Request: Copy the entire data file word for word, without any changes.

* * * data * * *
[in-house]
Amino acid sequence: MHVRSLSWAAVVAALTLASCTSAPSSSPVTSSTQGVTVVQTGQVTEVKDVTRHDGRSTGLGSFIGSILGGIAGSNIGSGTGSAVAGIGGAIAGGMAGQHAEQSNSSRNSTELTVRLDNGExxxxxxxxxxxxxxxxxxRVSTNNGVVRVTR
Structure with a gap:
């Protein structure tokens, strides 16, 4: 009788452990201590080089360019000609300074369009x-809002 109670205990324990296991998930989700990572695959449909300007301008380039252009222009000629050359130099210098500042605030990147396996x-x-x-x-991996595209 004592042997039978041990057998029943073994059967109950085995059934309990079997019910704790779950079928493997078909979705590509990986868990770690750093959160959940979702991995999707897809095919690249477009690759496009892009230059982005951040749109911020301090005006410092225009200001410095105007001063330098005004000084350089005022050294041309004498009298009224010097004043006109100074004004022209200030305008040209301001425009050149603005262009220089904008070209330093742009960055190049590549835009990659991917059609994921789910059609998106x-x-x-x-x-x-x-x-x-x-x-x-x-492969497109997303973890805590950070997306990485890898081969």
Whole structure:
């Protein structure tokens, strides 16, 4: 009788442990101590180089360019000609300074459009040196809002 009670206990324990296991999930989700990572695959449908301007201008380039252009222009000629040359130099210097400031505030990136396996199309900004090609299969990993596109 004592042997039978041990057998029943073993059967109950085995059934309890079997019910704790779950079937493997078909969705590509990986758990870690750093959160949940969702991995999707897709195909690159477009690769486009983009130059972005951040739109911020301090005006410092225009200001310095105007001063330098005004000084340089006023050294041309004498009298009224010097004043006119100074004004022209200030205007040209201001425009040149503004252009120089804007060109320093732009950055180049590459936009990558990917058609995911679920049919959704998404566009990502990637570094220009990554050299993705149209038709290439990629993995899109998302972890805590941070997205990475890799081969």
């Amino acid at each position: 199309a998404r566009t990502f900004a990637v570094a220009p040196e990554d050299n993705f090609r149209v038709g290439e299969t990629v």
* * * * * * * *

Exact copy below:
[in-house]
Amino acid sequence: MHVRSLSWAAVVAALTLASCTSAPSSSPVTSSTQGVTVVQTGQVTEVKDVTRHDGRSTGLGSFIGSILGGIAGSNIGSGTGSAVAGIGGAIAGGMAGQHAEQSNSSRNSTELTVRLDNGExxxxxxxxxxxxxxxxxxRVSTNNGVVRVTR
Structure with a gap:
């Protein structure tokens, strides 16, 4: 009788452990201590080089360019000609300074369009x-809002 109670205990324990296991998930989700990572695959449909300007301008380039252009222009000629050359130099210098500042605030990147396996x-x-x-x-991996595209 004592042997039978041990057998029943073994059967109950085995059934309990079997019910704790779950079928493997078909979705590509990986868990770690750093959160959940979702991995999707897809095919690249477009690759496009892009230059982005951040749109911020301090005006410092225009200001410095105007001063330098005004000084350089005022050294041309004498009298009224010097004043006109100074004004022209200030305008040209301001425009050149603005262009220089904008070209330093742009960055190049590549835009990659991917059609994921789910059609998106x-x-x-x-x-x-x-x-x-x-x-x-x-492969497109997303973890805590950070997306990485890898081969």
Whole structure:
């Protein structure tokens, strides 16, 4: 009788442990101590180089360019000609300074459009040196809002 009670206990324990296991999930989700990572695959449908301007201008380039252009222009000629040359130099210097400031505030990136396996199309900004090609299969990993596109 004592042997039978041990057998029943073993059967109950085995059934309890079997019910704790779950079937493997078909969705590509990986758990870690750093959160949940969702991995999707897709195909690159477009690769486009983009130059972005951040739109911020301090005006410092225009200001310095105007001063330098005004000084340089006023050294041309004498009298009224010097004043006119100074004004022209200030205007040209201001425009040149503004252009120089804007060109320093732009950055180049590459936009990558990917058609995911679920049919959704998404566009990502990637570094220009990554050299993705149209038709290439990629993995899109998302972890805590941070997205990475890799081969």
């Amino acid at each position: 199309a998404r566009t990502f900004a990637v570094a220009p040196e990554d050299n993705f090609r149209v038709g290439e299969t990629v």